The party line is defensive coverage in the three-four hole, but it probably isn’t that simple. Knowing Buck Showalter, some gamesmanship is at play as well.
The Baltimore manager has his first baseman, Chris Davis, playing a few steps off the bag when holding runners. Not just the slow-of-foot — all runners, all the time. The situation doesn’t matter. According to Orioles broadcaster Gary Thorne, the practice began in spring training and has been in place for every game since the start of the season.
Here, see for yourself, as Davis shuffles back to the bag on a pick-off attempt.
Playing your first baseman off the bag obviously adds to his range. As Davis said, “There are a lot of guys, with a runner on first, who like to shoot the ball through that hole. This makes it easier for me to get off the bag and cover more ground.” Showalter echoed Davis, saying “Chris has good range and we’re trying to take advantage of his skills. The whole idea is to cover as much ground as you can.”
The numbers support the idea that perhaps cutting down on some ground balls through the hole might be worth the risk of losing a few pickoffs. With the bases empty last year, batters posted a .295 BABIP, but with a runner on first base, that jumped to .308. Holding the runner on isn’t the only variable between those two situations — for instance, bad pitchers are more likely to put runners on base, so the population of pitchers in the man-on-first sample is almost certainly worse than the population of pitchers in the bases empty sample — but the less than optimal defensive alignment almost certainly does lead to a greater amount of base hits with a man on first base. After all, the runner on second (.289 BABIP) and runner on third (.291 BABIP) states have the same selection bias issue but still had lower hit rates overall than the bases empty situation.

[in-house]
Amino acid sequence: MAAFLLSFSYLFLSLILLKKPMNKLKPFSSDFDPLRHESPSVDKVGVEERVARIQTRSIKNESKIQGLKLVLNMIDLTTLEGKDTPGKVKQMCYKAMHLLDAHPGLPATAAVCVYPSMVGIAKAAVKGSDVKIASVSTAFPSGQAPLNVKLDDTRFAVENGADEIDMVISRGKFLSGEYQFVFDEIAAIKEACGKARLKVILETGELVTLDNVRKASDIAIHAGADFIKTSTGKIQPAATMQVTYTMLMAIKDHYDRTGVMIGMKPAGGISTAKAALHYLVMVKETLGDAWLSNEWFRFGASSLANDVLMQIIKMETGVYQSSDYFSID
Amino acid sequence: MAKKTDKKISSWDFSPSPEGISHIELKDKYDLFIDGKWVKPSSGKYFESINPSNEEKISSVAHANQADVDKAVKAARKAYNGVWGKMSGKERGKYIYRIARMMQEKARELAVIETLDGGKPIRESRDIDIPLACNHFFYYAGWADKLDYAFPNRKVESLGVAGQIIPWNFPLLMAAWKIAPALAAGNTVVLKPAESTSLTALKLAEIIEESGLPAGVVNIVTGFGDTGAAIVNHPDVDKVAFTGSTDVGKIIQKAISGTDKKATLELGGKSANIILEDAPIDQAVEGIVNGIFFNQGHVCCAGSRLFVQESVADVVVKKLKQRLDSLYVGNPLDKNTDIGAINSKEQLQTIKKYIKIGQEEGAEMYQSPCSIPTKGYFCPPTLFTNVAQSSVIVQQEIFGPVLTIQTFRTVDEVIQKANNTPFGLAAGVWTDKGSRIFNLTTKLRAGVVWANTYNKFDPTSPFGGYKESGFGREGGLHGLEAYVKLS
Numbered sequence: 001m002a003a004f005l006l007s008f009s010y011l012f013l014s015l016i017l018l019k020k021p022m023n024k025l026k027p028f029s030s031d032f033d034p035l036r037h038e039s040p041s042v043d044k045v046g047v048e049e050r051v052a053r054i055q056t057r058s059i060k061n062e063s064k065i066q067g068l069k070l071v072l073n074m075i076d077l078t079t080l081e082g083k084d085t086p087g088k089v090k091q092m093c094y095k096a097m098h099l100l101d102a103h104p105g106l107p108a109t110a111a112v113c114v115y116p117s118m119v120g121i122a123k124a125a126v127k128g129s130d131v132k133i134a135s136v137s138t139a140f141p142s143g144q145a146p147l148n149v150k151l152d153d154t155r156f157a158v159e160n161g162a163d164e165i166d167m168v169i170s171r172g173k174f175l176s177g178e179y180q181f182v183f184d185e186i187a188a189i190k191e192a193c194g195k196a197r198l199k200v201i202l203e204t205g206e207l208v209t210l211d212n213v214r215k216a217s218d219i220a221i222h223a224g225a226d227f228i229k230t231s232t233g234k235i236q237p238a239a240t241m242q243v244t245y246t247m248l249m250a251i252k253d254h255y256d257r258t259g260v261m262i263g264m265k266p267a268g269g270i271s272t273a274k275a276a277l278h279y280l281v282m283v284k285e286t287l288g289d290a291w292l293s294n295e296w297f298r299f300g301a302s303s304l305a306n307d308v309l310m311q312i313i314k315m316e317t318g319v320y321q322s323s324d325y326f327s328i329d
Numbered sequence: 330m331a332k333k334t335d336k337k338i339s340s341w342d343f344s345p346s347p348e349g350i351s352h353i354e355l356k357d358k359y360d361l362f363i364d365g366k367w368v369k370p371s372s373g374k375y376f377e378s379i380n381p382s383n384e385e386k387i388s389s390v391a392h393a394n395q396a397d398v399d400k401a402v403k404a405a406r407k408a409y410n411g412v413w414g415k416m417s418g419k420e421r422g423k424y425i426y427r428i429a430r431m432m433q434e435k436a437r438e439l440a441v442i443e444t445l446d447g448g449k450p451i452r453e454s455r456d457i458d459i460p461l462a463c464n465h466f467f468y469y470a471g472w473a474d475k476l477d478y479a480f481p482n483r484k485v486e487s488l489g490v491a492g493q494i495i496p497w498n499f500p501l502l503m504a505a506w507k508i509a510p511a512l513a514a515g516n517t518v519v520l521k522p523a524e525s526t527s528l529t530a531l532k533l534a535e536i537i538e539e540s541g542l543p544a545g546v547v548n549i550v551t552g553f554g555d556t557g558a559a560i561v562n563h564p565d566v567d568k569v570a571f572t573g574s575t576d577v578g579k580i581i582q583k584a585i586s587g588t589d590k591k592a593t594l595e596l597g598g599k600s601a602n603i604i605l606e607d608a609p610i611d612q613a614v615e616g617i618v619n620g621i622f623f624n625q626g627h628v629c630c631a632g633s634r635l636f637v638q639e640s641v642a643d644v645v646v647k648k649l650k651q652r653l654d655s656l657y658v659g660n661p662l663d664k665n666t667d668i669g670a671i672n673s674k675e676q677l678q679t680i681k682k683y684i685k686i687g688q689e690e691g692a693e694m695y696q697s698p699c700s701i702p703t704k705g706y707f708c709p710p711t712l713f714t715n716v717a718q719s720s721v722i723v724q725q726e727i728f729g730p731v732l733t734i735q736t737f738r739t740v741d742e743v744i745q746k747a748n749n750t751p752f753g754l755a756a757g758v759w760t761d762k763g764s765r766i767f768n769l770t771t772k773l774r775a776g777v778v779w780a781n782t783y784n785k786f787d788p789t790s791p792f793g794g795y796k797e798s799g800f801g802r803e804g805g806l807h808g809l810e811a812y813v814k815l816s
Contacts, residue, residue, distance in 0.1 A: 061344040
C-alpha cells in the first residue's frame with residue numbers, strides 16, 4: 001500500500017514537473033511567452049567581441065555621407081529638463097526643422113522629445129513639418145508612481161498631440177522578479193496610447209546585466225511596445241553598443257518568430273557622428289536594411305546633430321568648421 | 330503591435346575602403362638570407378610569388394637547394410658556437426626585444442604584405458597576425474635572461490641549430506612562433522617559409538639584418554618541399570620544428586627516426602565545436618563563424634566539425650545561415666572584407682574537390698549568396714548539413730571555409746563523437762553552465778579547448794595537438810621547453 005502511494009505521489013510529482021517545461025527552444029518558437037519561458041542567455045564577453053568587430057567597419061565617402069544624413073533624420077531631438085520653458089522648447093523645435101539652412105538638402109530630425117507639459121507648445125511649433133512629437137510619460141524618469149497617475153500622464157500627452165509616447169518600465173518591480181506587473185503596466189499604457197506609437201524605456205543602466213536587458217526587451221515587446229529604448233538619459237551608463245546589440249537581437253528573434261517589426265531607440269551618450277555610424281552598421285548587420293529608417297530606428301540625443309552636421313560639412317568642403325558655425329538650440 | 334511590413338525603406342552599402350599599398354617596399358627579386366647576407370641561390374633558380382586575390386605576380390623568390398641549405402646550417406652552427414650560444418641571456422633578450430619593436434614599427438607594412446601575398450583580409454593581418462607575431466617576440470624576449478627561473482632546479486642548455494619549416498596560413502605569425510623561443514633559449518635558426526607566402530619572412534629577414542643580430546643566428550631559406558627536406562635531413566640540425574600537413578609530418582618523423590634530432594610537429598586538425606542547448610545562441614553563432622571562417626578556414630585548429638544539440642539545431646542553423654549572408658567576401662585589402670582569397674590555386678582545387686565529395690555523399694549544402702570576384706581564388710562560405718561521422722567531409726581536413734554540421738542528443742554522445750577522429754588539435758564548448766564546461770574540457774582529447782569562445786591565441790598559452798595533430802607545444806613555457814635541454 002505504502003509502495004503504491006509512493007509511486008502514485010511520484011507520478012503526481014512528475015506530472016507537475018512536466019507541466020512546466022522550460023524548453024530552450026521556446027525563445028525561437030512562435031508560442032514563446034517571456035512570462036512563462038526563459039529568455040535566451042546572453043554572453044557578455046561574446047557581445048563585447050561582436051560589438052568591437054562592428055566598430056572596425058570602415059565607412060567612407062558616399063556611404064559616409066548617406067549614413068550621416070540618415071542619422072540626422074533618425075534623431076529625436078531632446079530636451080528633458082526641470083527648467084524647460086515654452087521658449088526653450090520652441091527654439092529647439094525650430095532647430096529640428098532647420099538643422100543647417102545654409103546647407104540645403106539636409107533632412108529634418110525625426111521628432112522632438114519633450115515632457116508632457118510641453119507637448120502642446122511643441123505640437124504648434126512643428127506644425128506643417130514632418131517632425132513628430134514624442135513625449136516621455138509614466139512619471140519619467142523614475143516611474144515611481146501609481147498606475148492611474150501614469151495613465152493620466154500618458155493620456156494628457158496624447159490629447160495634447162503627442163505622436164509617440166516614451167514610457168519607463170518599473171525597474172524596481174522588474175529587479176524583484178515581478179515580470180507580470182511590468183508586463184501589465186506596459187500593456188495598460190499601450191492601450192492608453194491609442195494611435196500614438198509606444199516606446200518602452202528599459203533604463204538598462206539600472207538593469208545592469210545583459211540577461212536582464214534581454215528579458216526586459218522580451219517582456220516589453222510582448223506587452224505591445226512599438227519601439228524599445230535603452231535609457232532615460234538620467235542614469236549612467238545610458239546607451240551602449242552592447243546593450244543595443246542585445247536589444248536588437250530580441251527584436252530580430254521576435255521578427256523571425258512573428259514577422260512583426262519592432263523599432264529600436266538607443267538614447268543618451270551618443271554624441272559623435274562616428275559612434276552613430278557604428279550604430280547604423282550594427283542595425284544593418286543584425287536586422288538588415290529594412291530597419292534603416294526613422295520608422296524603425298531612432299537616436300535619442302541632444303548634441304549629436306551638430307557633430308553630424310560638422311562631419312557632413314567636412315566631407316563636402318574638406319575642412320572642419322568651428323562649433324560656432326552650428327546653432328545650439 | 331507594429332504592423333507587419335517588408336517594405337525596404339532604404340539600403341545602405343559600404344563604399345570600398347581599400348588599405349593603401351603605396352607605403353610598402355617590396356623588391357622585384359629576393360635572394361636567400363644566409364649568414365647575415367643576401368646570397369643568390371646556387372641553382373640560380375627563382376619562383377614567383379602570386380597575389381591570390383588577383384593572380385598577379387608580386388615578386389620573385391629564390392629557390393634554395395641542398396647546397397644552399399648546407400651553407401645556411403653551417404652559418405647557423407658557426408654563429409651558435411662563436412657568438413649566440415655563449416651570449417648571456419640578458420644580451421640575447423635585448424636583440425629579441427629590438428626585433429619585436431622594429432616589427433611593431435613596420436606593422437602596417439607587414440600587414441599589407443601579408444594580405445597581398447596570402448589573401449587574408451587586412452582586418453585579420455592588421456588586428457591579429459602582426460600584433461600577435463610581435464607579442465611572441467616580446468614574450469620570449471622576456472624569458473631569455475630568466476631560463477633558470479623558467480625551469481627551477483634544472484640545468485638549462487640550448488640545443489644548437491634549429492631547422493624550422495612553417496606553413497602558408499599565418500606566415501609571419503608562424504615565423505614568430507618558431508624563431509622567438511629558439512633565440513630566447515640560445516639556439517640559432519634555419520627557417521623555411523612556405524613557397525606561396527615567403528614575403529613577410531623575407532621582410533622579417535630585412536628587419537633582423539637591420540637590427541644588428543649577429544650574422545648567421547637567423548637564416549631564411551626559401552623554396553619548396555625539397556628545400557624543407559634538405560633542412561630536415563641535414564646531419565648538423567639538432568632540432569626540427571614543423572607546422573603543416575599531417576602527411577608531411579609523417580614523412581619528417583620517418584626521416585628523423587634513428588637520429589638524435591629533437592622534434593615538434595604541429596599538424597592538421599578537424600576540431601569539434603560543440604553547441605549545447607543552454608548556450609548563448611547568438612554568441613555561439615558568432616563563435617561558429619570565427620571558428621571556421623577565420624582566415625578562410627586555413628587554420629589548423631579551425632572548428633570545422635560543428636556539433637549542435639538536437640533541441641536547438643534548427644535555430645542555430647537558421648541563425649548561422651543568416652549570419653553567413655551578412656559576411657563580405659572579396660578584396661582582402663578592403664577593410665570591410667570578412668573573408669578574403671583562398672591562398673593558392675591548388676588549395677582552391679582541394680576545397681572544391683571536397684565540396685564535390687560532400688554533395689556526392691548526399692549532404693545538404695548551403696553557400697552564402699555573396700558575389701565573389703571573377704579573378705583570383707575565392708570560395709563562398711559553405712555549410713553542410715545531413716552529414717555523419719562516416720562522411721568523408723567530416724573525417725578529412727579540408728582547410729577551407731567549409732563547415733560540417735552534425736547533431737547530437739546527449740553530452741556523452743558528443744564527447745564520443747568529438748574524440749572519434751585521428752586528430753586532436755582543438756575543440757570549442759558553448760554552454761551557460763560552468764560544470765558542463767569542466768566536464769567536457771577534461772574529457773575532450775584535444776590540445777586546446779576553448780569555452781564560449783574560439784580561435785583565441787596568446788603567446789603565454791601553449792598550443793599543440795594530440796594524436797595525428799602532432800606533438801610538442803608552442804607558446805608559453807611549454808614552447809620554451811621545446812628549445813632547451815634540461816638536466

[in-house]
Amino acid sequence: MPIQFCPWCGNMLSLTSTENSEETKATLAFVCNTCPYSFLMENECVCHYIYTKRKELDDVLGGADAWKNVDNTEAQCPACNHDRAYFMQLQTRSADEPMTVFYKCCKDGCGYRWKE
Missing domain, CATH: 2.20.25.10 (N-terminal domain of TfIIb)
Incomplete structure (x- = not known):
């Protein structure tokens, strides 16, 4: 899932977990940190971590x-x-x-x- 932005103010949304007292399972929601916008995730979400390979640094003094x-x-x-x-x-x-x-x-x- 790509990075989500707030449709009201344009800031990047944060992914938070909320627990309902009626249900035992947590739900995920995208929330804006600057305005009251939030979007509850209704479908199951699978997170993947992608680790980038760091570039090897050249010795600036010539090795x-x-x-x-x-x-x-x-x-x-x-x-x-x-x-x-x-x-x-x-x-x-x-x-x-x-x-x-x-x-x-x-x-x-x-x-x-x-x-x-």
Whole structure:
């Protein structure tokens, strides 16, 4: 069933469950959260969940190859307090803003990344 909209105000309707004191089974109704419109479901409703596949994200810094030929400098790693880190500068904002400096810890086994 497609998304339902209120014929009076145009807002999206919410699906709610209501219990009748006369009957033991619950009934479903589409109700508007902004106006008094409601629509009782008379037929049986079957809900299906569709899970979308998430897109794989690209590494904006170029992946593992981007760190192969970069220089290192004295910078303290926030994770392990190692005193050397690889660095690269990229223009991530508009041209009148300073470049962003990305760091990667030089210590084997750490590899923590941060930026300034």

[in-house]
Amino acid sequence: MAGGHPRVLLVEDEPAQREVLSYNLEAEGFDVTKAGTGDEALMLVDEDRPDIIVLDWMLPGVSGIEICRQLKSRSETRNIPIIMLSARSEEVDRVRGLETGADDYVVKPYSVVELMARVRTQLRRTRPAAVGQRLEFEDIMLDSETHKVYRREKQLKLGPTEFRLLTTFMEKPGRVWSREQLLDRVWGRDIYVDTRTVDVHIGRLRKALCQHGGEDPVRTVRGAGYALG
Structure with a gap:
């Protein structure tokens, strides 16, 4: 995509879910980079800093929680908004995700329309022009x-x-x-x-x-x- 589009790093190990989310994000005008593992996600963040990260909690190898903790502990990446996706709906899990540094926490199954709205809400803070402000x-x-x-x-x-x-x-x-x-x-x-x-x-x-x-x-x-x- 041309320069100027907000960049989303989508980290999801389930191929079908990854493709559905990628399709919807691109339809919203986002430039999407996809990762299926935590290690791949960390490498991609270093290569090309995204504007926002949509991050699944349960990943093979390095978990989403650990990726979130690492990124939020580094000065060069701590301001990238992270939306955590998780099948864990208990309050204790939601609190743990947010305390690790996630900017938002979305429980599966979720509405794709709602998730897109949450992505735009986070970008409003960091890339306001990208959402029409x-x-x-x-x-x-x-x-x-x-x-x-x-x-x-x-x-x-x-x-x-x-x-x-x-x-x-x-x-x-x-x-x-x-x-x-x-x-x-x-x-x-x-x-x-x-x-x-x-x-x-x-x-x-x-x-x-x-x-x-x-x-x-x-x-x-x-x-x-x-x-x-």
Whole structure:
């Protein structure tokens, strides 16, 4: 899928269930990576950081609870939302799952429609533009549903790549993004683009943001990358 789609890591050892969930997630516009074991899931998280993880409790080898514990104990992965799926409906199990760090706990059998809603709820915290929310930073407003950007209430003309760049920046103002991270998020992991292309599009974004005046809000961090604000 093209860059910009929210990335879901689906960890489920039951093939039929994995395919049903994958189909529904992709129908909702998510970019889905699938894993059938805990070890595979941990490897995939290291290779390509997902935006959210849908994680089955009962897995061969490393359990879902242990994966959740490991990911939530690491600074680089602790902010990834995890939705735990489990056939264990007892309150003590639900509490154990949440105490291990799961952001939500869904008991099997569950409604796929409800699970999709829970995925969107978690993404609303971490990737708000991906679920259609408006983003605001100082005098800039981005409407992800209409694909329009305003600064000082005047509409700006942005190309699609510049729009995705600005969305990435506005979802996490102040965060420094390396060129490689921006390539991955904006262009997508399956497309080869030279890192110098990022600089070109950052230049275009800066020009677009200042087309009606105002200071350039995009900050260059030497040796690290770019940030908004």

Perhaps Showalter has decided that it simply is not worth giving up additional hits to keep his first baseman’s foot anchored to the bag. It’s an interesting experiment, to say the least.
Something else Showalter said — and what he wouldn’t say — is where the gamesmanship comes into play. “You create some unknown in the runners mind,” he admitted cagily.
Showalter took pains not to elaborate, but the psychology behind the strategy seems apparent. Much like Joe Maddon’s shifts can create questions in a hitter’s mind, not being held on in a standard fashion puts runners in unfamiliar territory. Can they afford to take a bigger lead? Pitchers can still throw over, which they’ve done this year without incident. If runners can get a jump, are they willing to challenge Matt Wieters‘ arm? The Gold Glove catcher has nabbed four out of five runners attempting to steal so far this season. Asked if Wieters’ defensive ability plays a big role in his strategy, Showalter withheld comment.
Another issue for base runners is that they have to read more than the pitcher‘s move. If Davis leans, or jab steps, toward first base when the pitcher comes to his set, is he positioning to receive a pick-off throw or is he deking? There is no such thing a first baseman’s balk, so he is free to do so. He can also move between the runner and home plate, blocking his vision.
To this point — a grand total of eight games — Showalter’s gambit has been effective. Will it continue throughout the season? Much of that will depend on whether opponents can find a way to take advantage of it. Their scouts have certainly made them aware of what the Orioles are doing, but how will they response? Can they outsmart the crafty Showalter?